I enclose a letter just received from the adopted son of the late Rani of Jhansi as well as his autobiography, the perusal of which I feel certain will prove interesting. Return them both please after perusal. He is a political pensioner at Indore, drawing the small pittance of Rs 200 per mensum [ie per month]. As soon as he sends me the History of the Rani's life whether in Maharathi(sic) or English I will not fail to send it to you, and if you will but try to remove the stain of rebellion resting against her name I will consider myself amply repaid for the trouble I have and am still taking to afford you proofs of her innocence. That she did not rebel until called upon by Sir Robert Hamilton to surrender unconditionally, I can vouch for. This she would have done but for Murdan(?) sing of Banpaore, who told her that if she gave herself up, she would be hung by sweepers. That she supplied all the Europeans who fled pell-mell into the Fort for two days until stopped by the Subadar Major of the 12th N.I. there can be no doubt of, and it was only after the massacre - in which she certainly took no part - and after the rebellious troops had left that she took possession of her country, of which she had always thought she was unjustly deprived by the British Government. She fought Dattia and Tehri combined when they attacked her with the intention of wresting her territory from her possession and dividing it between themselves. - thinking they would have to fight a defenceless woman - but she had managed to muster a small force of Arabs and Rohillas within an incredibly short space of time, and beat back the invaders as often they attacked her in her stronghold, and yet both these dastardly chiefs of Dattia and Tehri were not asked why with the resources at their command they were not able to protect and save the lives of our people from the hands of only half a Regiment of Infantry and half of the 16th Bengal Cavalry. The Rani had no more than 20 or 30 retainers when the massacre took place..... It would have been the wisest and best course for her to surrender when she was called upon to do so but she valued her reputation better than her life and - fate is inexorable - it was so to be. Murdan Sing saved the Euroipean residents of Lallitpur and disarmed a whole company of sepoys; why couldn't Dattia and Tehri have done the same at Jhansi if so inclined?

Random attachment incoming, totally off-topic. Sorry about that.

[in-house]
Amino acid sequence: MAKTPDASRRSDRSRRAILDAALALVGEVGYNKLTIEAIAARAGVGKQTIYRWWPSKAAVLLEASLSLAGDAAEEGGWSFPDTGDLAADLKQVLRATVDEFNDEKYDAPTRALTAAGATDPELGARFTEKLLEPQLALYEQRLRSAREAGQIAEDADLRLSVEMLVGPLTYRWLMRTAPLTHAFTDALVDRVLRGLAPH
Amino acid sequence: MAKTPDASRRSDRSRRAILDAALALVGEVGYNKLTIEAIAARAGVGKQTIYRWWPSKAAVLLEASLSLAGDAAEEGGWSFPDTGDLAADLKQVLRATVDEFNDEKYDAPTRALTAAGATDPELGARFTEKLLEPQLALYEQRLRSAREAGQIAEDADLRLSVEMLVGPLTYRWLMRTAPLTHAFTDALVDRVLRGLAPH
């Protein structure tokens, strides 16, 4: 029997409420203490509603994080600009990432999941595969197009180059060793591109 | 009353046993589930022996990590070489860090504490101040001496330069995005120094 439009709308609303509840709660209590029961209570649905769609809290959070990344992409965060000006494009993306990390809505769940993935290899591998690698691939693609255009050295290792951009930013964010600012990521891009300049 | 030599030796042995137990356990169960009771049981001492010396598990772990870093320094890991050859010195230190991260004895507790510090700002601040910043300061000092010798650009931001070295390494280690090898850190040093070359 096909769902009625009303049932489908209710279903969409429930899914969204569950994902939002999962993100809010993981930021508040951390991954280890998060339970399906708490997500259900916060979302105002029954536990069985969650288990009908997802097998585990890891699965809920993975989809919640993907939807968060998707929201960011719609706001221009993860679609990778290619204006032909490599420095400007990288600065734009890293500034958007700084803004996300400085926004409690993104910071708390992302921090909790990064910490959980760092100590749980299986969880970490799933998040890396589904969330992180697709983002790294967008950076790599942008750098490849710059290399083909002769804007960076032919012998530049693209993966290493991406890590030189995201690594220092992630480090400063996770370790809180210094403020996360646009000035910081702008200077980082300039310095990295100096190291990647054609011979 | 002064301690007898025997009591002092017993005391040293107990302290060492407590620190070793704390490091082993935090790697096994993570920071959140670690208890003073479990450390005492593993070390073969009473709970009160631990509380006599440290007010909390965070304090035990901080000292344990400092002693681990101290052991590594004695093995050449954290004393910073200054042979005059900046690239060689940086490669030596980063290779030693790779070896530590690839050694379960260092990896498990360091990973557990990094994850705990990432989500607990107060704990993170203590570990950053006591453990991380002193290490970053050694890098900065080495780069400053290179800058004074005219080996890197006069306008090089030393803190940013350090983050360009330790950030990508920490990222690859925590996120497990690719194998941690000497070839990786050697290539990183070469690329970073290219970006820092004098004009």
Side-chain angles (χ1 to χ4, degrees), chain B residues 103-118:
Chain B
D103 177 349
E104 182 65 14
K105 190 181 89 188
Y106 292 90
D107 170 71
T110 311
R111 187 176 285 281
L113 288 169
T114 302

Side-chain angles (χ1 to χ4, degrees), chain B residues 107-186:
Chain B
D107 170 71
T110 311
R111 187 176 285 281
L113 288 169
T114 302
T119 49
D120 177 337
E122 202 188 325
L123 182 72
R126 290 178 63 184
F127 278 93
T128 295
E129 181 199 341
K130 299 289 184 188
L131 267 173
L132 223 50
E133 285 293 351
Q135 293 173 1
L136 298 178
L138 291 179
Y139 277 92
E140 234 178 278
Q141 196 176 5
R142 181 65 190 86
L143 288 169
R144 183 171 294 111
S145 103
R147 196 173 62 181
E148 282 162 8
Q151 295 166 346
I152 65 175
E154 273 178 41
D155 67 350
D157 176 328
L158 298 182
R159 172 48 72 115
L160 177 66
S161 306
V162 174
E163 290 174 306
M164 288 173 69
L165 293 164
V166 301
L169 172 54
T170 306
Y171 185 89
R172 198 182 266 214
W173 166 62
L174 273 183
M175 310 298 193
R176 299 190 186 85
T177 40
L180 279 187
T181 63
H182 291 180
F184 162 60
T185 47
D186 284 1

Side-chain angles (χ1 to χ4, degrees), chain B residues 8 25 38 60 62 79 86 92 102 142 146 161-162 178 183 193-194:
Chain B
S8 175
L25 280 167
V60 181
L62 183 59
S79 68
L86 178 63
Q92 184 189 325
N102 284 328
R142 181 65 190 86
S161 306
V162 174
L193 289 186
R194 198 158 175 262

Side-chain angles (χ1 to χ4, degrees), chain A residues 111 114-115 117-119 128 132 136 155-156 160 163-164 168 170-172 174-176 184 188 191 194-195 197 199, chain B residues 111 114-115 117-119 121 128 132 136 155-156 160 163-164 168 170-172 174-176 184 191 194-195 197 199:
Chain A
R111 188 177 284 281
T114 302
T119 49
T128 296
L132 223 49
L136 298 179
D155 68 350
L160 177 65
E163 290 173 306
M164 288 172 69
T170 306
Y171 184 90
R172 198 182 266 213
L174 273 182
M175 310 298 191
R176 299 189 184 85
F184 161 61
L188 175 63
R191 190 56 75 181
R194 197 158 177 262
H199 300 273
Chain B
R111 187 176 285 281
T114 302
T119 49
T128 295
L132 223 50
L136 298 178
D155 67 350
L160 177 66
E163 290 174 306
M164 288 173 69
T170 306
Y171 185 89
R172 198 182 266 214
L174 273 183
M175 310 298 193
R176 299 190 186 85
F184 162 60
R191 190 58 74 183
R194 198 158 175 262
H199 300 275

Extract from Mr Martin's Letter no. 3

I have just received a letter from Damadhan Rao, adopted son of the Rani of Jhansi, giving me a true and faithful account of her last battle and end. Nothing could be more reliable as he was an eyewitness of all that occurred. He also sent me her life in Maharathi(sic) which is being translated by the editor of a paper at Calcutta, but the English footnotes being extracts from the reports of Sir Hugh Rose and others as well as extracts from the work of other historians who have written accounts of the mutiny....

(The remainder of the page is half missing. From the unfinished sentence which ends the page it is clear that at least another page is missing.)

[ It is unclear if this final comment is from Mrs Sturt or some subsequent transcriber.]